Just days before installation, an IRL driver was severely injured in a crash during practice at IMS. Shortly after installation of the wall, another driver had an eerily similar crash during a practice and suffered only minor injuries.
Faller said that was the defining moment for SAFER barriers.
“It was one of two factors, the other being the data we had been collecting from other tracks with concrete walls that we could compare to our test data,” Faller said. “The comparisons were overwhelming. After seeing that second crash, people started to move forward.”
Since then, the SAFER system has been tweaked to make it safe for tracks that run both IndyCar (lighter, open-wheeled cars) and NASCAR (heavier stock cars) that use cars with very different body types.
Though the SAFER barrier has been in the spotlight for many years, it is far from the only thing the MwRSF has created or is known for.
“It is about this much of our research the last 20 years,” said Bielenberg, holding his right thumb and forefinger about an inch apart. “It’s very important, but it’s not been our main focus, which is and has always been highway safety. The SAFER barrier is a big branch that grew out of that.”
Other MwRSF Innovations
Technology created in the SAFER development has been used to inform other research and the development of many other barriers and devices, as MwRSF-developed roadside safety systems have been implemented in all 50 states.
Among the MwRSF innovations are:
*The Midwest Guardrail System, a 31-inch guardrail system that is considered the standard barrier used along American highways. It is named for the Midwest Pool Fund Program, of which Nebraska’s is one of 19 state departments of transportation that are members, that funded the research.
*The RESTORE barrier, a hybrid steel and concrete rail that is designed to contain and redirect high-energy truck impacts and lower impacts felt by passengers in the vehicle. It was part of the doctoral research done by Jennifer Schmidt, now a research assistant professor at MwRSF.
Faller said the MwRSF’s work on transportation safety, including the SAFER barriers, is not complete.
“Not even close. We can go beyond SAFER. We have not addressed local racetracks, which are the roots of auto racing – tracks like Eagle Speedway and I-80 Speedway (near Greenwood) and Beatrice Speedway,” Faller said. “Fan bases develop at those tracks and they are the places the next stars are born.”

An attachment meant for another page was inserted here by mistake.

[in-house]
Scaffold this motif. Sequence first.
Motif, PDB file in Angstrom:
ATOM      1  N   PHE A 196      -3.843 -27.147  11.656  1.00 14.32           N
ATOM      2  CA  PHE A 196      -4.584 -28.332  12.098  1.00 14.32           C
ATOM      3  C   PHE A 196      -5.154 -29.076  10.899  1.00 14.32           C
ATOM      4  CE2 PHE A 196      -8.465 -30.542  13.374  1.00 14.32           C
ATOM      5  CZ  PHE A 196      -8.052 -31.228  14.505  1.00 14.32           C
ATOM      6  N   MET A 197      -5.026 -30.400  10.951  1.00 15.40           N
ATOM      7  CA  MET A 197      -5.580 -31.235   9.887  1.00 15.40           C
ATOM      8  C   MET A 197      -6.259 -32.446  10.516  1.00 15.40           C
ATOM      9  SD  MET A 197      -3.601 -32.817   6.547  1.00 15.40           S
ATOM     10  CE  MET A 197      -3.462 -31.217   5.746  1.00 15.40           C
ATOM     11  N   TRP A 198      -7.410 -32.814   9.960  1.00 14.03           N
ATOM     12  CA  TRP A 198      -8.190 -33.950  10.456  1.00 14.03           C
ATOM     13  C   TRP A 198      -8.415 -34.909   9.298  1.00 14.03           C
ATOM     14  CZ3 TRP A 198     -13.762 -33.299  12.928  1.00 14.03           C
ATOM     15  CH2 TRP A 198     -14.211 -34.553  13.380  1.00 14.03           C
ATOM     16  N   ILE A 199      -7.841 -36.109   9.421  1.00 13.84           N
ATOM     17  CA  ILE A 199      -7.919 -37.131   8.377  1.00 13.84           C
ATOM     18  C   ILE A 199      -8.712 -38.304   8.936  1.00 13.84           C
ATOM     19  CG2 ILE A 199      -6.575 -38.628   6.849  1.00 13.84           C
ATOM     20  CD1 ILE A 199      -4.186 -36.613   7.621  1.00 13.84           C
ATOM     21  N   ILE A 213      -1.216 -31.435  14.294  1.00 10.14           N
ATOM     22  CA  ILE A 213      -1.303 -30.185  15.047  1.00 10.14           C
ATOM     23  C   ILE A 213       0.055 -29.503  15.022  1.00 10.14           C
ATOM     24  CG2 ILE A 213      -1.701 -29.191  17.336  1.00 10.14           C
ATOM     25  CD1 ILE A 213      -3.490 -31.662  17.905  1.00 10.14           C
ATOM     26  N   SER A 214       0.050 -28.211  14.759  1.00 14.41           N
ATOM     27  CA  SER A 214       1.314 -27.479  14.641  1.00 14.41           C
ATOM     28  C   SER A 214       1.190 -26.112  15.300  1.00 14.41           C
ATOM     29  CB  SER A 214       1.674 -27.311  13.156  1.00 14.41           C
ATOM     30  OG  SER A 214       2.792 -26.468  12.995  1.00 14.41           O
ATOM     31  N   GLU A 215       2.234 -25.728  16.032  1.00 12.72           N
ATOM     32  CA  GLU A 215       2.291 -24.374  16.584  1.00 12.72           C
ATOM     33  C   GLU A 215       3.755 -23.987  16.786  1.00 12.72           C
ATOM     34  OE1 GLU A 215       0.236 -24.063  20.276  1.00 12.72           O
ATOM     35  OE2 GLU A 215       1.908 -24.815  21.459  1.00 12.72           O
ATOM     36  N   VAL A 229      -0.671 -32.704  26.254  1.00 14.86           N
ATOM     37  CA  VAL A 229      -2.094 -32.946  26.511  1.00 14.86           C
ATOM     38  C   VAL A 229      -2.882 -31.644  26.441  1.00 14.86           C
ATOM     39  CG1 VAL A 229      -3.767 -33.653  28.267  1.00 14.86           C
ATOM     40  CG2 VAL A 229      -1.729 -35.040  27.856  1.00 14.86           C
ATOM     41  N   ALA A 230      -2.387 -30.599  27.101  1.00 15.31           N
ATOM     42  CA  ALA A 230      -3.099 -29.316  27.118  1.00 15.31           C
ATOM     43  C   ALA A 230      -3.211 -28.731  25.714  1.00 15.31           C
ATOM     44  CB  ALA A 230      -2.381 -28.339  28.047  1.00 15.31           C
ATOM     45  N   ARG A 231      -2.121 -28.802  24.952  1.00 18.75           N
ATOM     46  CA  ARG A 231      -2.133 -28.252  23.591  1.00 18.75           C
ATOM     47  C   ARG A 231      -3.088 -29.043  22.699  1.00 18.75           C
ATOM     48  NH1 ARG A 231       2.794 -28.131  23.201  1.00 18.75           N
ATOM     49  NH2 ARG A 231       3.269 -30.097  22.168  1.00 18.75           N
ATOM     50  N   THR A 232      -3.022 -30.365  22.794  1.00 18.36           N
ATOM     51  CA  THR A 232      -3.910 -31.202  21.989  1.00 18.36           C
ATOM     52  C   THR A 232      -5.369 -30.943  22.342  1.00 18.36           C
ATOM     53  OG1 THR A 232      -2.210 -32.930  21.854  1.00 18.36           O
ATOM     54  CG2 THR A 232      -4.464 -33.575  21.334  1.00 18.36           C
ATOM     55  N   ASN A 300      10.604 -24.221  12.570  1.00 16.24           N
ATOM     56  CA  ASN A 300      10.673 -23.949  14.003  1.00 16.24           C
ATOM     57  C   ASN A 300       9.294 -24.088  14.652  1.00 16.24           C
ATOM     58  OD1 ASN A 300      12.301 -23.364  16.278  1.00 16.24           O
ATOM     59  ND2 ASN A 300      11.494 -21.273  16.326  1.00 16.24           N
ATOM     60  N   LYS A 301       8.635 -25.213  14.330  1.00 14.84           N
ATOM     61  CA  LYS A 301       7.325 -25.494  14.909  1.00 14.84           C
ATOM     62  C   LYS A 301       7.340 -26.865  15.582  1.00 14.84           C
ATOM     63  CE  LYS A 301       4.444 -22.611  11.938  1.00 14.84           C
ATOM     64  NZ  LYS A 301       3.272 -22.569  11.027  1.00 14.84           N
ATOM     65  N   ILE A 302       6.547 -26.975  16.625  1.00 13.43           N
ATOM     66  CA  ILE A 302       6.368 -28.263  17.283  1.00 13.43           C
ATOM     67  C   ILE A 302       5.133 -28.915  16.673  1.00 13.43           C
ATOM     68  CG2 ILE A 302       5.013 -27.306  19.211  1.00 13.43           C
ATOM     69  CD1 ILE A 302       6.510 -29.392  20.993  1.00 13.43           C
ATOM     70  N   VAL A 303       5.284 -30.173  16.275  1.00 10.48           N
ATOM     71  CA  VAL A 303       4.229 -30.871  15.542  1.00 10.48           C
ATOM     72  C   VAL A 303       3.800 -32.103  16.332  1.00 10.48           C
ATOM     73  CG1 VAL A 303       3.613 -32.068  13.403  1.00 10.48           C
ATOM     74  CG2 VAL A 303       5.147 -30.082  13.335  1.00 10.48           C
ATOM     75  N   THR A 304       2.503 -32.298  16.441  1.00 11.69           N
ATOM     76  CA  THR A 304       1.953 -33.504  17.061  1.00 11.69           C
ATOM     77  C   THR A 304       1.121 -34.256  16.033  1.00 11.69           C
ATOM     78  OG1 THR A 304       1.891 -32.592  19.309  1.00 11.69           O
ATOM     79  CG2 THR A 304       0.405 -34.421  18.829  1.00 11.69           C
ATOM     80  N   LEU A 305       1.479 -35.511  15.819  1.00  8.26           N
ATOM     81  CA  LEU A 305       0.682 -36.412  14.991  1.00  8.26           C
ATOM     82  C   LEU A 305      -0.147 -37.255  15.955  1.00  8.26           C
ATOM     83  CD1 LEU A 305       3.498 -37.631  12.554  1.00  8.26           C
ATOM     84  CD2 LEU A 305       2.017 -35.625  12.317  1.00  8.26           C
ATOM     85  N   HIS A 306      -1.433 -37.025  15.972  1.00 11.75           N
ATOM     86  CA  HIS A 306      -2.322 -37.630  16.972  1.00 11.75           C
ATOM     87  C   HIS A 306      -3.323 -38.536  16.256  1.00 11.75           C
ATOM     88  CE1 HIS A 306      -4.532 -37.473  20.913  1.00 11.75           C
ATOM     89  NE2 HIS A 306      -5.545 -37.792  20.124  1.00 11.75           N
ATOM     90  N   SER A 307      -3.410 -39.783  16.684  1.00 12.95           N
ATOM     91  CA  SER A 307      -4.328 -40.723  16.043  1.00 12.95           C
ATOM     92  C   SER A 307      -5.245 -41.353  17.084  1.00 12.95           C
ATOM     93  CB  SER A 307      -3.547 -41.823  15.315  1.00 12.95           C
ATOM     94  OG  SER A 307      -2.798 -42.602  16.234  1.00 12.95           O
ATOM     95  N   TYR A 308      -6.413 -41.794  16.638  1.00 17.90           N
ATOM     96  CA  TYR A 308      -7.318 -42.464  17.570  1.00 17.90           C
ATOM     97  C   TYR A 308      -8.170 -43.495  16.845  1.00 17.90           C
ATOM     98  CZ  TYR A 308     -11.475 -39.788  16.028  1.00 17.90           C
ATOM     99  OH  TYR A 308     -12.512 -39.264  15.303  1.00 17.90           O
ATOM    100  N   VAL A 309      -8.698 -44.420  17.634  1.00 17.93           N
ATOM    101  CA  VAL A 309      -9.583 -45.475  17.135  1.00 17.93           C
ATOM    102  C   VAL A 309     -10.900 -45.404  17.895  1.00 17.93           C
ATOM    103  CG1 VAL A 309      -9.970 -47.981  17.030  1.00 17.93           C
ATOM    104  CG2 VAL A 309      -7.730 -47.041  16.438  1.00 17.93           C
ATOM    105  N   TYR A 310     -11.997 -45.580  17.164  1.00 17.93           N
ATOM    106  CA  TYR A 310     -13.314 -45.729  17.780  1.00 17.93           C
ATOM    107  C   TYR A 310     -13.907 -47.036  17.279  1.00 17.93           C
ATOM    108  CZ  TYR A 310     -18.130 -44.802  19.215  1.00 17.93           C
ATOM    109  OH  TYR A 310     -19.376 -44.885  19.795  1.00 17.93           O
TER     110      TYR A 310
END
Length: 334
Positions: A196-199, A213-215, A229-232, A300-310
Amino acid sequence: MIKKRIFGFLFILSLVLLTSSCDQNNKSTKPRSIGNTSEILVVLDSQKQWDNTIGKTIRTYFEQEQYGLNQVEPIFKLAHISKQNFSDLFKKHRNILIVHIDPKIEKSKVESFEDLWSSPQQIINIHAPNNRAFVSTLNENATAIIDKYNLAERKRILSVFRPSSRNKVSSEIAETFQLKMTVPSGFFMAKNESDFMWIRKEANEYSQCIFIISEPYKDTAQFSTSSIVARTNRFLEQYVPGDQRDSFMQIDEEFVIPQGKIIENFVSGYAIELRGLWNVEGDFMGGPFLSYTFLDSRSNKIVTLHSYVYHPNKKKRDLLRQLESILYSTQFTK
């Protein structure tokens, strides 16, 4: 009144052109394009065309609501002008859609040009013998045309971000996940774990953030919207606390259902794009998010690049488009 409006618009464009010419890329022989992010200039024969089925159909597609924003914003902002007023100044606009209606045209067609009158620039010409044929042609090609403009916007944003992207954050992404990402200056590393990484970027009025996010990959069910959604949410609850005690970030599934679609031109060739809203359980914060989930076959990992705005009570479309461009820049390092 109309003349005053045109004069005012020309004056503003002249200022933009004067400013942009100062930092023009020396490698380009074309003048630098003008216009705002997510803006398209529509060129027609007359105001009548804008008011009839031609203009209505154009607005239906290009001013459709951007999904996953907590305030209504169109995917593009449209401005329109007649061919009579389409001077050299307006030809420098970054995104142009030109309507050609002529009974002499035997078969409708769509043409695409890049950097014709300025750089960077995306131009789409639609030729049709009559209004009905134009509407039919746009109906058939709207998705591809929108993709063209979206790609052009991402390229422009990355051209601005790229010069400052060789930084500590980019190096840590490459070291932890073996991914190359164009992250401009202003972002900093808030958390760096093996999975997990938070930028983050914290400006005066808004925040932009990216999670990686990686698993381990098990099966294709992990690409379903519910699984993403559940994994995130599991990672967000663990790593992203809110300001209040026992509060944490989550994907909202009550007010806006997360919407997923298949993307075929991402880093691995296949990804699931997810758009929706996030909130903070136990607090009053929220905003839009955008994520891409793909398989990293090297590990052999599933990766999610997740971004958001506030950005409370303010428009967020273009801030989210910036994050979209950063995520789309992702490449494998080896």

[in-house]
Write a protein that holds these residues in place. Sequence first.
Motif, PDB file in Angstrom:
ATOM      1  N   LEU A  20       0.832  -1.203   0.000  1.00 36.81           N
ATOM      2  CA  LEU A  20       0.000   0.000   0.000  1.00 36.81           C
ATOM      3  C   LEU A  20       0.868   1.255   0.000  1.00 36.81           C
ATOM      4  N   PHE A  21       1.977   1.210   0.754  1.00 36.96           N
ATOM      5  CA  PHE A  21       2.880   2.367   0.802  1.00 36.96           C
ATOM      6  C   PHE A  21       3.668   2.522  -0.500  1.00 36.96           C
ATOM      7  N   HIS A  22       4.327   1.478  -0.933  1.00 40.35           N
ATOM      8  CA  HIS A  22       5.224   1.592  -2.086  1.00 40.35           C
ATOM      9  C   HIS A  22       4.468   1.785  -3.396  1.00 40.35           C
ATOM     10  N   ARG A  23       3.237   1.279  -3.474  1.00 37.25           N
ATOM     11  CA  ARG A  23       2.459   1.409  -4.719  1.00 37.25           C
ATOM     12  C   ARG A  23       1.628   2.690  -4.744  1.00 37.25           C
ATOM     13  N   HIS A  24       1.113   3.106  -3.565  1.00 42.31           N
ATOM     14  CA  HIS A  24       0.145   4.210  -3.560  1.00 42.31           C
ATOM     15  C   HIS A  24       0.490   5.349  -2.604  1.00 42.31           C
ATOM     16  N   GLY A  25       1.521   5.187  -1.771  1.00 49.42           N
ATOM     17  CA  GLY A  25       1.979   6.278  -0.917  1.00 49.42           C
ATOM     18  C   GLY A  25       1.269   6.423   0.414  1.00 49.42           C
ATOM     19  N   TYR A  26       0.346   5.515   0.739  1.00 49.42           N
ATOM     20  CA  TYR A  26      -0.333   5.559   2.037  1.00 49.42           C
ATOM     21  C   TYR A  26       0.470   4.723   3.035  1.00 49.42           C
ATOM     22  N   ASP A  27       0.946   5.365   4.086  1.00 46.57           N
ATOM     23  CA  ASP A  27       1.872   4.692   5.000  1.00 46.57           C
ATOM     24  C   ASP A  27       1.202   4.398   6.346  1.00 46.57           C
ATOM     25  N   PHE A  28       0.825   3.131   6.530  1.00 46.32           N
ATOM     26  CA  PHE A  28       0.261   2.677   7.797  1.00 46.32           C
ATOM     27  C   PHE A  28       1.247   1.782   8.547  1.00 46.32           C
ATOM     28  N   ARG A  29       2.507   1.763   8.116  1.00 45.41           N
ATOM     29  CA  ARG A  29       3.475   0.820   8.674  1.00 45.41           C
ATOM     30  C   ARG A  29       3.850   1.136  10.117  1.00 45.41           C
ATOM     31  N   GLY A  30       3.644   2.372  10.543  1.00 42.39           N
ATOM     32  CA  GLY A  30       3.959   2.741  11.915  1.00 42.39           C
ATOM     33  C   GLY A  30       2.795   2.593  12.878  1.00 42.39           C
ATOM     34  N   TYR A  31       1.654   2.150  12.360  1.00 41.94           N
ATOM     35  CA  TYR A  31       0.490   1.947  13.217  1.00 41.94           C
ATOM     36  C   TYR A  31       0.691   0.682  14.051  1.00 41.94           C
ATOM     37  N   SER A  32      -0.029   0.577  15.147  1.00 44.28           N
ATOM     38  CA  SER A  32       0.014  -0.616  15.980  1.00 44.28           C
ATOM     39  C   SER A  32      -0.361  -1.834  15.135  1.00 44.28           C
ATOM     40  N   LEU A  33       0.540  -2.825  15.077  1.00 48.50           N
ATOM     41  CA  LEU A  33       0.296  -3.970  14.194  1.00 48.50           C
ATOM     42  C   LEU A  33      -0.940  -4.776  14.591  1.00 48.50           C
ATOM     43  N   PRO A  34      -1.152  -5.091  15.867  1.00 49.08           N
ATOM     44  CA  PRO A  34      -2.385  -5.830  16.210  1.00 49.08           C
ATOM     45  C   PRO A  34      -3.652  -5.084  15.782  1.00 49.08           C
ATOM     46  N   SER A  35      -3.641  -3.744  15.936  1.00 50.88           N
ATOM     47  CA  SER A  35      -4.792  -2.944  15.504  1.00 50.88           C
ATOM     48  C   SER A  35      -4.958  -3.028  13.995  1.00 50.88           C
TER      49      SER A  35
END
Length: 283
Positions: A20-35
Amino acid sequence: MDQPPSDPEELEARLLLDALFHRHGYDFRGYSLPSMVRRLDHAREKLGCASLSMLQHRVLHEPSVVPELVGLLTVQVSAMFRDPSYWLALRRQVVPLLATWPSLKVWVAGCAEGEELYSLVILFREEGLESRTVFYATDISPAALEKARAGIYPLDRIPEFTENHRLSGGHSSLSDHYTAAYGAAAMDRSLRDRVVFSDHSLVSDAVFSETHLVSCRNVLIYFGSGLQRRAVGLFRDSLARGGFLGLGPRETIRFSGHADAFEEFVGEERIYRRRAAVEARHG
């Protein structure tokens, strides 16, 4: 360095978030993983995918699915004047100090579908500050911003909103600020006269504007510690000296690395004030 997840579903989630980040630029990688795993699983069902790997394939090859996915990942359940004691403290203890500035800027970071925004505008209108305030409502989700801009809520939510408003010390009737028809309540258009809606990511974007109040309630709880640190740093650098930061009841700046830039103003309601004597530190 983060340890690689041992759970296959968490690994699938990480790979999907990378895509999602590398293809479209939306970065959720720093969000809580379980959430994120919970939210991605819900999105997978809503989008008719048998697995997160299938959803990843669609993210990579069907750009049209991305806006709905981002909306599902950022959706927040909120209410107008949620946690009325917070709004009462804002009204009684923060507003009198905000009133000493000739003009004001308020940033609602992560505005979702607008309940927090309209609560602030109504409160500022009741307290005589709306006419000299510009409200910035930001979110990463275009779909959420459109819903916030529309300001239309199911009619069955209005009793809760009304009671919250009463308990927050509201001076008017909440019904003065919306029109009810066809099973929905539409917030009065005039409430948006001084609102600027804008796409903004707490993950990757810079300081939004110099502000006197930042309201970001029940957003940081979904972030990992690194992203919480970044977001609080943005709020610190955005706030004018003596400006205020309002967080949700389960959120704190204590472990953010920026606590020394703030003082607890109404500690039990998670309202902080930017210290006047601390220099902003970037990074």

But right now, Faller said, few of those tracks have the money to afford safety systems such as SAFER.
“There’s a desire in the racing community for us to develop almost a ‘SAFER Light.’ They need lower-cost safety improvements for all the mom-and-pop speedways across America,” Faller said. “That’s something that’s been asked of us, and we need to find the funding to go down that path.”
And there are innovations Faller is interested in pursuing as they relate to highway safety, including creating systems that have little-to-no physical presence.
“The future is in how we get into smart or connected infrastructure to the point where our roadside barriers are almost virtual,” Faller said. “They’re connected barriers and communicate with the car and driver before they become errant.”
Much like current technology that senses potential crash situations and instructs some newer cars to automatically brake, this barrier technology, Faller said, could prevent high-speed impacts that occur when vehicles exit a road at a high rate of speed and potentially save thousands of lives.
“There are tens of thousands of people who die in automobile crashes every year, and hundreds of thousands who are injured,” Faller said. The National Safety Council estimates that 40,100 people died in the U.S. in 2017 as a result of vehicular accidents. “Maybe we can develop a system that can keep those cars on the road and save lives. My dream, and our duty, is to make that happen.”